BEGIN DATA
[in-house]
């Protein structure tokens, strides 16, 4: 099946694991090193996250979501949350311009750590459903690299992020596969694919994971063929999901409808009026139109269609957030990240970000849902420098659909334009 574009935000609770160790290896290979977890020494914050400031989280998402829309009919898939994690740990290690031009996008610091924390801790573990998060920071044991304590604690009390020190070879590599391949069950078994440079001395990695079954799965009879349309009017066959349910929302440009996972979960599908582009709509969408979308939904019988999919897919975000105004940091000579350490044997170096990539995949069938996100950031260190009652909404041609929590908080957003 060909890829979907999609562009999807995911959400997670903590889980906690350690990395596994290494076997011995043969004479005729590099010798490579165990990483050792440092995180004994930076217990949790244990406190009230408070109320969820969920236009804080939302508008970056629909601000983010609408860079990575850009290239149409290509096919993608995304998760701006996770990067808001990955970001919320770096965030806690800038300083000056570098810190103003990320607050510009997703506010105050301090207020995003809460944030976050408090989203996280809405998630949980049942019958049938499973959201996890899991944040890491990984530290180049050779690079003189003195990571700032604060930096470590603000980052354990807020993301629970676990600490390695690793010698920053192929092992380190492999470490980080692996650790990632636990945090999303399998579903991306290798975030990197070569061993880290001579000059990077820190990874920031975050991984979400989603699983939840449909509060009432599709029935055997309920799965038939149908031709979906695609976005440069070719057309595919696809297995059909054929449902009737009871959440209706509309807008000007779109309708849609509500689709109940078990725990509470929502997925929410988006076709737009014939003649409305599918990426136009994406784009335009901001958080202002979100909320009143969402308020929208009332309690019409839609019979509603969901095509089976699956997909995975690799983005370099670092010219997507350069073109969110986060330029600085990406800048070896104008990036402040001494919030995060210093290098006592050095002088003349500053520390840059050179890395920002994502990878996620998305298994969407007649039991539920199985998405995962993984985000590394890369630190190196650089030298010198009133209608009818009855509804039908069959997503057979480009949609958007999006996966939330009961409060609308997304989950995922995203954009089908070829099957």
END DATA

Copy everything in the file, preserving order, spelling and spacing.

[in-house]
């Protein structure tokens, strides 16, 4: 099946694991090193996250979501949350311009750590459903690299992020596969694919994971063929999901409808009026139109269609957030990240970000849902420098659909334009 574009935000609770160790290896290979977890020494914050400031989280998402829309009919898939994690740990290690031009996008610091924390801790573990998060920071044991304590604690009390020190070879590599391949069950078994440079001395990695079954799965009879349309009017066959349910929302440009996972979960599908582009709509969408979308939904019988999919897919975000105004940091000579350490044997170096990539995949069938996100950031260190009652909404041609929590908080957003 060909890829979907999609562009999807995911959400997670903590889980906690350690990395596994290494076997011995043969004479005729590099010798490579165990990483050792440092995180004994930076217990949790244990406190009230408070109320969820969920236009804080939302508008970056629909601000983010609408860079990575850009290239149409290509096919993608995304998760701006996770990067808001990955970001919320770096965030806690800038300083000056570098810190103003990320607050510009997703506010105050301090207020995003809460944030976050408090989203996280809405998630949980049942019958049938499973959201996890899991944040890491990984530290180049050779690079003189003195990571700032604060930096470590603000980052354990807020993301629970676990600490390695690793010698920053192929092992380190492999470490980080692996650790990632636990945090999303399998579903991306290798975030990197070569061993880290001579000059990077820190990874920031975050991984979400989603699983939840449909509060009432599709029935055997309920799965038939149908031709979906695609976005440069070719057309595919696809297995059909054929449902009737009871959440209706509309807008000007779109309708849609509500689709109940078990725990509470929502997925929410988006076709737009014939003649409305599918990426136009994406784009335009901001958080202002979100909320009143969402308020929208009332309690019409839609019979509603969901095509089976699956997909995975690799983005370099670092010219997507350069073109969110986060330029600085990406800048070896104008990036402040001494919030995060210093290098006592050095002088003349500053520390840059050179890395920002994502990878996620998305298994969407007649039991539920199985998405995962993984985000590394890369630190190196650089030298010198009133209608009818009855509804039908069959997503057979480009949609958007999006996966939330009961409060609308997304989950995922995203954009089908070829099957």